Com. v. YoungAnnotate this Case
276 Pa. Superior Ct. 409 (1980)
419 A.2d 523
COMMONWEALTH of Pennsylvania v. Richard G. YOUNG, Jr., Appellant.
Superior Court of Pennsylvania.
Submitted March 23, 1979.
Filed March 21, 1980.
*410 Thomas G. Klingensmith, Assistant Public Defender, Lancaster, for appellant.
Ronald L. Buckwalter, District Attorney, Lancaster, for Commonwealth, appellee.
Before CERCONE, President Judge, and WATKINS and HOFFMAN, JJ.
*411 WATKINS, Judge:
This is an appeal from the judgment of sentence of the Court of Common Pleas of Lancaster County, Criminal Division, by the defendant-appellant, Richard G. Young, Jr., after conviction non-jury of kidnapping, robbery, theft by unlawful taking or disposition, burglary, firearms not to be carried without a license, and unlawful restraint; and from the denial of post-trial motions. He was sentenced to a term of imprisonment for not less than four (4) years or more than eight (8) years on one count of kidnapping; on the other charges of kidnapping, robbery and burglary he was sentenced to four (4) years concurrent probation; on the charge of theft he was sentenced to three (3) years concurrent probation and on the restraint and firearms convictions, to one (1) year concurrent probation and the costs of prosecution.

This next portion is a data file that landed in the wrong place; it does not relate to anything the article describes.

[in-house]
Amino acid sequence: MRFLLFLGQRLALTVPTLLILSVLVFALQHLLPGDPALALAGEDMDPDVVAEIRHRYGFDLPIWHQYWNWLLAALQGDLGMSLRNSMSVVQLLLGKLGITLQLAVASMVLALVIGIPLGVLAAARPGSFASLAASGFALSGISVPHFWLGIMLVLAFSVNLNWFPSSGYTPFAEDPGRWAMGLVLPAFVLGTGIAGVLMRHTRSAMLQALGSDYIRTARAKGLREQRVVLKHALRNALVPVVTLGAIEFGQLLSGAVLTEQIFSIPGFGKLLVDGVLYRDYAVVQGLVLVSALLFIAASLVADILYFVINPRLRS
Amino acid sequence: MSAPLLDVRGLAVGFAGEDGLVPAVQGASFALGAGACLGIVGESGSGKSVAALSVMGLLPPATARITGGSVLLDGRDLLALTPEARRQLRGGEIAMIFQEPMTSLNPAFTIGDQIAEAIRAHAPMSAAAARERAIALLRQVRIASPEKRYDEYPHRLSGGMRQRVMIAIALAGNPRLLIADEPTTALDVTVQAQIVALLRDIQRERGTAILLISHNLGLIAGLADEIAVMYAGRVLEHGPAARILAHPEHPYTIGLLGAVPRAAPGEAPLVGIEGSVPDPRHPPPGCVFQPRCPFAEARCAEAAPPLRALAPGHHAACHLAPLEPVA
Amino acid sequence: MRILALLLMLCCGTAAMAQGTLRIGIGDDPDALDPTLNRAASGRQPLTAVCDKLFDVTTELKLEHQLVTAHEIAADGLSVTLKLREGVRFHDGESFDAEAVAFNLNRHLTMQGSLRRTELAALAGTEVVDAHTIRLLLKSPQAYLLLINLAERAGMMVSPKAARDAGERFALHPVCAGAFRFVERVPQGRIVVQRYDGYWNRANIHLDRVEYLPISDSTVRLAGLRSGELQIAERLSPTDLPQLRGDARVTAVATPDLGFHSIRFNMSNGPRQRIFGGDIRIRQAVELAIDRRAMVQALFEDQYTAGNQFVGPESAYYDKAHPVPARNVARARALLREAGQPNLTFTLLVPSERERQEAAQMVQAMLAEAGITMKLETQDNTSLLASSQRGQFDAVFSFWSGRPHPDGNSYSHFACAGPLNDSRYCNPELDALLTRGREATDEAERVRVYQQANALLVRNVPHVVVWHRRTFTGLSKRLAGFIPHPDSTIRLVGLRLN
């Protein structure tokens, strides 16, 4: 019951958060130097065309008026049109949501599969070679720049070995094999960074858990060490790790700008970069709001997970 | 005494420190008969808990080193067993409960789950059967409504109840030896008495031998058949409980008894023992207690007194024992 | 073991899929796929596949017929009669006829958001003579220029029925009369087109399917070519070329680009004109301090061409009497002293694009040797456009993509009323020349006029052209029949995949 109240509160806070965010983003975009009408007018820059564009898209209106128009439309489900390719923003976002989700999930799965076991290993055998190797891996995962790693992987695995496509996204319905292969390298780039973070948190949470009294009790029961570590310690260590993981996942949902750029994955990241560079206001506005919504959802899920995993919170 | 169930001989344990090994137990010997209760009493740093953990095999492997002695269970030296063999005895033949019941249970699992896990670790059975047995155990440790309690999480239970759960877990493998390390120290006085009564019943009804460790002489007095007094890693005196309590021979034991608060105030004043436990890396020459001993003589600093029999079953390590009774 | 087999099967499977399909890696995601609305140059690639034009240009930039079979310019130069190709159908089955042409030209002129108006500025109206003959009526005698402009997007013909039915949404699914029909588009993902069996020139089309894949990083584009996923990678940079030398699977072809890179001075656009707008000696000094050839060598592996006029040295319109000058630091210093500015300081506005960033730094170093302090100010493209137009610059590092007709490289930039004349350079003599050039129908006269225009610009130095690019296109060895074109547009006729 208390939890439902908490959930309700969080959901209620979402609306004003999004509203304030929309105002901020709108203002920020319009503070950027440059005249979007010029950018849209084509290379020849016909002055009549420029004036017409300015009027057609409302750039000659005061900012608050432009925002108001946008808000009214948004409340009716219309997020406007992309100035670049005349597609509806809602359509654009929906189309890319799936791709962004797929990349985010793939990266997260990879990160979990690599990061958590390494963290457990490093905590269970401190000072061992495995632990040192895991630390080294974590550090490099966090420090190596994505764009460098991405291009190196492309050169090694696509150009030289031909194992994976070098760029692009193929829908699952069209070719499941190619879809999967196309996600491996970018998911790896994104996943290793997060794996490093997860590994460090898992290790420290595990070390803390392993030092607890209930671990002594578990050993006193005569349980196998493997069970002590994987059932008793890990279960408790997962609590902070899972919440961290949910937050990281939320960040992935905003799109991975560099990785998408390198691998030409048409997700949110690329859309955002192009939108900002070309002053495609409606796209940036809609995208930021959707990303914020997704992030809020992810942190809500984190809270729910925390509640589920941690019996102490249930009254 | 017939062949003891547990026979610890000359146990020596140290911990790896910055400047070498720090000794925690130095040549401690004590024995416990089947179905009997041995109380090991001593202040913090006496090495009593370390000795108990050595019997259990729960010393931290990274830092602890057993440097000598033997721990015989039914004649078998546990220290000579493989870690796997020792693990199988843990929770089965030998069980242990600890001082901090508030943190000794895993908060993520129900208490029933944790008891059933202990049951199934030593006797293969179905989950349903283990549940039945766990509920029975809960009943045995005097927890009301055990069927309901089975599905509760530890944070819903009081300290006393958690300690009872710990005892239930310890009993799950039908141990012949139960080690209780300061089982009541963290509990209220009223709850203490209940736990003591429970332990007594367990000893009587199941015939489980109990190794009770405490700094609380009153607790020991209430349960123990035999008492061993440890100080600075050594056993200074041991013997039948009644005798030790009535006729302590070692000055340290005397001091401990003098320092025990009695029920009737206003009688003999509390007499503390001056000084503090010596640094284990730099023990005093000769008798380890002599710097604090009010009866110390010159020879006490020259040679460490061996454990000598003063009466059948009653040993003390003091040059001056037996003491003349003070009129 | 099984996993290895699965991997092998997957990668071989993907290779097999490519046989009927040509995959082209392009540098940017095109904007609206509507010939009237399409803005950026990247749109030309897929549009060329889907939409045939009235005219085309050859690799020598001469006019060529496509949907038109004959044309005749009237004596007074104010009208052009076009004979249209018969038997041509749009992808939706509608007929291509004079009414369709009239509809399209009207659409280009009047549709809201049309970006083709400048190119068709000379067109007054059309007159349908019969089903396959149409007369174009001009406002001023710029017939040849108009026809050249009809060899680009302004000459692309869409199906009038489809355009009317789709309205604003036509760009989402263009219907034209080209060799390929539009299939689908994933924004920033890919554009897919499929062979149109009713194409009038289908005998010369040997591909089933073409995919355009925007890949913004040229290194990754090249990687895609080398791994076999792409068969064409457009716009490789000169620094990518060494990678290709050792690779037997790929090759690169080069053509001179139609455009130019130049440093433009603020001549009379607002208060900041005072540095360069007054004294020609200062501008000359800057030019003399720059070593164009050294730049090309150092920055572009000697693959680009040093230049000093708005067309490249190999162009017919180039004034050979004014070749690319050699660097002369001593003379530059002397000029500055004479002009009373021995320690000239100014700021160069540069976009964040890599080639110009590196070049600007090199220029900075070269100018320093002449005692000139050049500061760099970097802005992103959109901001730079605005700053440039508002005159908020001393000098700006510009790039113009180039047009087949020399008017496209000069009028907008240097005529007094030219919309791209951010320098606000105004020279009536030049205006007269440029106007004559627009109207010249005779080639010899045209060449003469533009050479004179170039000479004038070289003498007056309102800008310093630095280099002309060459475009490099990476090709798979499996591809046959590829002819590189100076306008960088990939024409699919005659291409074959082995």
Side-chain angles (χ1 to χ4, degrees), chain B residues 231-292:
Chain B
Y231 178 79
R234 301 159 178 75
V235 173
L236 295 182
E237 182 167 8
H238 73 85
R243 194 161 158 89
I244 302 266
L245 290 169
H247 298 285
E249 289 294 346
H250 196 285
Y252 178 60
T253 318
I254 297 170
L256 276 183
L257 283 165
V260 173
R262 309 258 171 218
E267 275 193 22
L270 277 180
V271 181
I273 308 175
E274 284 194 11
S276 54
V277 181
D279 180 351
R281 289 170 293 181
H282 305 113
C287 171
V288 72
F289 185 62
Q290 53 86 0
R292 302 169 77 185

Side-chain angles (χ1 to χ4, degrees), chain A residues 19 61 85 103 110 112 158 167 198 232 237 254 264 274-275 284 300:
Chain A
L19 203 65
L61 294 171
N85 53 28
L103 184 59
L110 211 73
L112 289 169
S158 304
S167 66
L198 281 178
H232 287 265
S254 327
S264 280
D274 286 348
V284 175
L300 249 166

The only issue raised on appeal is whether the Commonwealth sustained its burden in proving that the appellant was sane beyond a reasonable doubt at the time he committed the crimes for which he was found guilty. The facts as related by the appellant and adopted by the Commonwealth are as follows: